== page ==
48 Hours in Majestic Bandar Seri Begawan

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(Photo: Freddy Wally)

IO – As one of Southeast Asia’s sovereign states, Brunei Darussalam isn’t at the top of the holiday destination list for travellers or tourists from Indonesia. Apart from its climatic condition, which is very similar to that of tropical Indonesia, what other things do Brunei Darussalam offer for visitors from Indonesia? I set out to find out more. 

Brunei Darussalam is about 5,765 km2 in size and is located on the northern coast of Kalimantan (the island traditionally known as Borneo, the third-largest island in the world after Greenland and Papua). 

Brunei’s geographic location is quite strategic, directly facing the South China Sea. It is completely surrounded by the Malaysian state of Sarawak and separated into two parts by the Sarawak district of Limbang. Nearby, to its east, is the Malaysian state of Sabah. 

A convenient and practical way to reach Brunei Darussalam for Indonesian travellers other than flying direct from Jakarta with the Royal Brunei airline is by land along the northern part of Borneo. One can opt for a route via Kuching, which borders West Kalimantan or via Kota Kinabalu which borders North Kalimantan. 

The duration of the two overland travel options can take up to eleven hours, given the geographic condition of Kalimantan which is still covered by dense tropical rainforest and is divided by natural rivers with strong rapids. 

Administratively, Brunei Darussalam is divided into four districts, namely, Belait, Brunei-Muara, Temburong, and Tutong.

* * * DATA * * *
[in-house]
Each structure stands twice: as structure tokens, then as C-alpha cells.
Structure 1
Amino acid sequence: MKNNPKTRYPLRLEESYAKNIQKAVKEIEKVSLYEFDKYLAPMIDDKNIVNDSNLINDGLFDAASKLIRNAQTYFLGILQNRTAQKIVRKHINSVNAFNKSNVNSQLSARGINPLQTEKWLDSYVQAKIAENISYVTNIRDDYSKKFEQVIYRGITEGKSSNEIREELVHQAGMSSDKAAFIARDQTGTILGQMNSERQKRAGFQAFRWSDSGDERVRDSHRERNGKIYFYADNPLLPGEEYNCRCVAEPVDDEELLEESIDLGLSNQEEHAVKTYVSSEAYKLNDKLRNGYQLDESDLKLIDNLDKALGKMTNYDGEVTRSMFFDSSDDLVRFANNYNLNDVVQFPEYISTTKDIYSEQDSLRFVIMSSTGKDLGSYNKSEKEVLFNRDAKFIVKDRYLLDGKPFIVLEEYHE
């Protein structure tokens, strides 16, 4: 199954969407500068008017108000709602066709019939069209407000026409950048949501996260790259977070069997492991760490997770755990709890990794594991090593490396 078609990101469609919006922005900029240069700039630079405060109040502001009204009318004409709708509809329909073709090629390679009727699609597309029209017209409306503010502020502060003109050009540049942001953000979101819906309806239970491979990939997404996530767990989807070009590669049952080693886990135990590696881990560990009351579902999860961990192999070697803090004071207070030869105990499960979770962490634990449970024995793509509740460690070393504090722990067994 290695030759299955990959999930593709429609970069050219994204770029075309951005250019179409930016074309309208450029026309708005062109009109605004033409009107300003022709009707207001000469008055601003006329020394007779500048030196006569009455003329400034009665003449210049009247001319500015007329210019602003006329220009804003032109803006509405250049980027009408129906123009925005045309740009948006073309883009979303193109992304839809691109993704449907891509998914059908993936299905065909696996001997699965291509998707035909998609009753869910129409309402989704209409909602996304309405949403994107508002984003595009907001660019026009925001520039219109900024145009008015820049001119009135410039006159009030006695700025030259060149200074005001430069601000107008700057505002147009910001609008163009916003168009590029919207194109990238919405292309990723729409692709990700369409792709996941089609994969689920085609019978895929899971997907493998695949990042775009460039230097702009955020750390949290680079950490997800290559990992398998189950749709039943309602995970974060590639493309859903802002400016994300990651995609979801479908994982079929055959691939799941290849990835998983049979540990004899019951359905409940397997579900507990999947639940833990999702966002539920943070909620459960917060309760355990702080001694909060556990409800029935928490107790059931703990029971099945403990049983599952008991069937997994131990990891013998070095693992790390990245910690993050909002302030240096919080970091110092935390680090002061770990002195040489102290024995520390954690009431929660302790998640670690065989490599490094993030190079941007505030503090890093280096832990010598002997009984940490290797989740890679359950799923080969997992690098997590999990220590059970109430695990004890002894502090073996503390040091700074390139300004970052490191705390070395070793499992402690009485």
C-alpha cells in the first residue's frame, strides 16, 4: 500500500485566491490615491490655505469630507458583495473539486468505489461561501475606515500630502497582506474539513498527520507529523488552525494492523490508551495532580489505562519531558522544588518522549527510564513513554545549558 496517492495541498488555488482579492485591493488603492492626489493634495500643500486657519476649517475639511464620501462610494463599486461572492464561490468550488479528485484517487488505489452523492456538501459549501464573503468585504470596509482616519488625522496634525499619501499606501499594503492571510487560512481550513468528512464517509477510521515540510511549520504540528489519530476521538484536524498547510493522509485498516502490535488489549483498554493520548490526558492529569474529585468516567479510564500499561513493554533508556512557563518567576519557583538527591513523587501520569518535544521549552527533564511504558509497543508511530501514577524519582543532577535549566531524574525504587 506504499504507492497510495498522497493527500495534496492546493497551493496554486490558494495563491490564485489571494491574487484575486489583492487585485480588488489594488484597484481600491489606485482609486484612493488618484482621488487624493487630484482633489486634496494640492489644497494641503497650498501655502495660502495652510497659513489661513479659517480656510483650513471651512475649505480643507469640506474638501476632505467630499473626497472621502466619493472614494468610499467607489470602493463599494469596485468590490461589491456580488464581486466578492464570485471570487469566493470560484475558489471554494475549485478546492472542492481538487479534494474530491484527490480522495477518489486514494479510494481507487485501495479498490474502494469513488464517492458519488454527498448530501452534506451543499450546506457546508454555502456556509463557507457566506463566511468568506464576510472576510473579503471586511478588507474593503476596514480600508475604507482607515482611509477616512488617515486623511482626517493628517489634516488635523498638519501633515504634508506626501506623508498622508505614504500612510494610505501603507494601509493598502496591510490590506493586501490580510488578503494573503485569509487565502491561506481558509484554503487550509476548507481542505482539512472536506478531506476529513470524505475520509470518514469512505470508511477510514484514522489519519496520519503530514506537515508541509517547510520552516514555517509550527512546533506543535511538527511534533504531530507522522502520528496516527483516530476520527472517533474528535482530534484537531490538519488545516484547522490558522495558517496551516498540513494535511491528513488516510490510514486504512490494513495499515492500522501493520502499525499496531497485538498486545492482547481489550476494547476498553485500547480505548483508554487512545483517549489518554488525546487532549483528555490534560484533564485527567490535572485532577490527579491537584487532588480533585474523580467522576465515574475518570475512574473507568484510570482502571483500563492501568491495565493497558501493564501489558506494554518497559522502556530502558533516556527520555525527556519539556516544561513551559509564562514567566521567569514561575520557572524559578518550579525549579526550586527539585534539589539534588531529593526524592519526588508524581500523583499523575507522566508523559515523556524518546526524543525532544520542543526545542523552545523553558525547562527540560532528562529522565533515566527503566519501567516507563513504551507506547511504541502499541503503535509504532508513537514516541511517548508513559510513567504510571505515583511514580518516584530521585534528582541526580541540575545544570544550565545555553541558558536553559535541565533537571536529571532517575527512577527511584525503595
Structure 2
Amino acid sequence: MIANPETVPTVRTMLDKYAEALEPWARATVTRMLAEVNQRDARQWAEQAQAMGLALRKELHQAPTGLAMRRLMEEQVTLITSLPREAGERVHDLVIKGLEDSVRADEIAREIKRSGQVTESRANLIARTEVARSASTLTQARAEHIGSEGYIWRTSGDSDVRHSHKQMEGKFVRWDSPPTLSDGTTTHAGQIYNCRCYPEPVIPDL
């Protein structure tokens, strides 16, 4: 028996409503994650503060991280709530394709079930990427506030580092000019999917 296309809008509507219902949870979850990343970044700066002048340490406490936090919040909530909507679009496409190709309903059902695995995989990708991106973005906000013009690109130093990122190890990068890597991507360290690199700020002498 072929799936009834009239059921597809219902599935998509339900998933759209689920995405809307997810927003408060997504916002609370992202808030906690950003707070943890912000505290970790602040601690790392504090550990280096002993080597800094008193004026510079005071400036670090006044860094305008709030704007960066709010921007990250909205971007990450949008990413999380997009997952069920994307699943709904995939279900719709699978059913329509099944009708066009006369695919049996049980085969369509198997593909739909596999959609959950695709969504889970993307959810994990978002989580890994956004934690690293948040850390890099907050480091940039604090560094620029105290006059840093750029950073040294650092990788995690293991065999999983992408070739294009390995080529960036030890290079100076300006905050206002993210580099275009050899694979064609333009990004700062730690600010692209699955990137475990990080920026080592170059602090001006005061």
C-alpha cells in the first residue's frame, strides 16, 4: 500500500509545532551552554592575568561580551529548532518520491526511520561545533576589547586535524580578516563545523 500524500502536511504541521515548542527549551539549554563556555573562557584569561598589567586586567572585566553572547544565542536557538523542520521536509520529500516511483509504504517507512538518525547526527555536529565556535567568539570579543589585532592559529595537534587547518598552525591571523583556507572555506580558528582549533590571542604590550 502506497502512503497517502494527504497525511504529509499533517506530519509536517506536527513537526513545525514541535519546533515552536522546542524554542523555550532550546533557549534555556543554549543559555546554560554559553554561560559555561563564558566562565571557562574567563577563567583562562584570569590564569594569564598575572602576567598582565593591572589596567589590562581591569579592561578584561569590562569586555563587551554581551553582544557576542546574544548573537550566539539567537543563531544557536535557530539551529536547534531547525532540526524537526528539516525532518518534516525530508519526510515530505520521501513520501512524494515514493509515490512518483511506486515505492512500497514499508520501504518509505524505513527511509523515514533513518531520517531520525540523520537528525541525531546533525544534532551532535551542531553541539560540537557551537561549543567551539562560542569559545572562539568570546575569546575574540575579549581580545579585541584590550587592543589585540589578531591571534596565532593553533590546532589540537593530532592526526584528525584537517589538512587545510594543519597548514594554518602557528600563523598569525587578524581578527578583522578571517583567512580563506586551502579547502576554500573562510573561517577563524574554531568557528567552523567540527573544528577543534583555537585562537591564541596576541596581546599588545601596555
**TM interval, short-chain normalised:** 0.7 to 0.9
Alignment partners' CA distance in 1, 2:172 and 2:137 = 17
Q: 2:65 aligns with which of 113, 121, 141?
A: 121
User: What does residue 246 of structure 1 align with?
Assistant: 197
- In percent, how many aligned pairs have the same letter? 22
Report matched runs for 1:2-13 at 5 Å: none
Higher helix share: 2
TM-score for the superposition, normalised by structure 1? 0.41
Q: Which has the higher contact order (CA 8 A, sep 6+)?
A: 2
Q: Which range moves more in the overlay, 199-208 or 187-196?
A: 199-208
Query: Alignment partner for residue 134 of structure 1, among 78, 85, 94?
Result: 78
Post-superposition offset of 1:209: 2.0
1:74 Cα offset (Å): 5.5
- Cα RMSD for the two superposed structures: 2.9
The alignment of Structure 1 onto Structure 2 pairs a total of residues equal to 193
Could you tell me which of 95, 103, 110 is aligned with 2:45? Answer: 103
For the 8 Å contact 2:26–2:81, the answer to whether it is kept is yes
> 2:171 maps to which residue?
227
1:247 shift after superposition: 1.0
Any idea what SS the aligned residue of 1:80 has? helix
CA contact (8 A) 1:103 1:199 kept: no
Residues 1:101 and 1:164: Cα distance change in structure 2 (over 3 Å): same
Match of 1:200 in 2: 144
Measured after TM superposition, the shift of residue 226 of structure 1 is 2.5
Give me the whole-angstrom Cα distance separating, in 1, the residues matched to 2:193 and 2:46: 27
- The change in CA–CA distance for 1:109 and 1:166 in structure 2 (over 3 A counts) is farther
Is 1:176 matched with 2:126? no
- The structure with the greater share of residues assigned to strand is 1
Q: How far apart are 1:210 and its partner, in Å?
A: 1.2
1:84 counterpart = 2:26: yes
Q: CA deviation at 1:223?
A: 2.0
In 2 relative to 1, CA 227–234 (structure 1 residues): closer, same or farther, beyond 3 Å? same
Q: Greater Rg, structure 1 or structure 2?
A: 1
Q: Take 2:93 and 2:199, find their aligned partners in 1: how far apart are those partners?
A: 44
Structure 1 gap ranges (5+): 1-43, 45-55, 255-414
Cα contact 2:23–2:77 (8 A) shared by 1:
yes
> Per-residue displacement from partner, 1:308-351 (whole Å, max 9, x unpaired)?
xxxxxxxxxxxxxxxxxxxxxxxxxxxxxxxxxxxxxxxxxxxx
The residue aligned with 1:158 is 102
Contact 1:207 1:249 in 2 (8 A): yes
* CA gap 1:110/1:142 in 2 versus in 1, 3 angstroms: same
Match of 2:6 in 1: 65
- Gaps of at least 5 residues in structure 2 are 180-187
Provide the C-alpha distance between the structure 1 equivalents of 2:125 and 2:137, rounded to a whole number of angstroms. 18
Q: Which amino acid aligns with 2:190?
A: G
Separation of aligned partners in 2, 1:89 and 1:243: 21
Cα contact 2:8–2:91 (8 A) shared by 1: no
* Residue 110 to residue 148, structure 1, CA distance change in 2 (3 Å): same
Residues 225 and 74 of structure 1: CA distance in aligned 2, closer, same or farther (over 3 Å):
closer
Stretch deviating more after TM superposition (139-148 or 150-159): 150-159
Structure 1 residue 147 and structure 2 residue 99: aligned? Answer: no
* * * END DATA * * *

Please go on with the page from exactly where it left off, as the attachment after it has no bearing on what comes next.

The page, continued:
Even though it is small in size, Brunei is one of Southeast Asia’s most developed countries because since gaining its independence from Britain in 1984, the monarchy has become prosperous, thanks to its large petroleum reserves and oil industry which produces millions of cubic meters annually. 

It is not surprising that Forbes ranked Brunei as the 5th richest country in the world, due to the vast oil and gas fields which have been able to create prosperity for the country. Since 1967, it has been ruled by Sultan Hassanal Bolkiah, the son of King Omar Ali Saifuddin III. Bolkiah is the 29th king in the lineage of Brunei Darussalam rulers. 

The Seria and Kuala Belait Districts are the two largest petroleum producing regions in Brunei Darussalam. The capital city of Brunei is Bandar Seri Begawan, popularly known as BSB. 

The name of the capital was only officially used in 1970 to honour the legacy of King Omar Ali Saifuddin III who fought for the independence of Brunei Darussalam from Britain. Before, it was called Brunei Town, the name given by its colonial master who ruled the place since the 18th century. 

Usually, an overland trip from Bandar Seri Begawan to the Malaysian border on the south (the town of Miri) will certainly pass through Seria and Belait. Oil and natural gas exploration is the main industry that defines these two cities and its busy economic activity. One can see many oil wells dotting the landscape.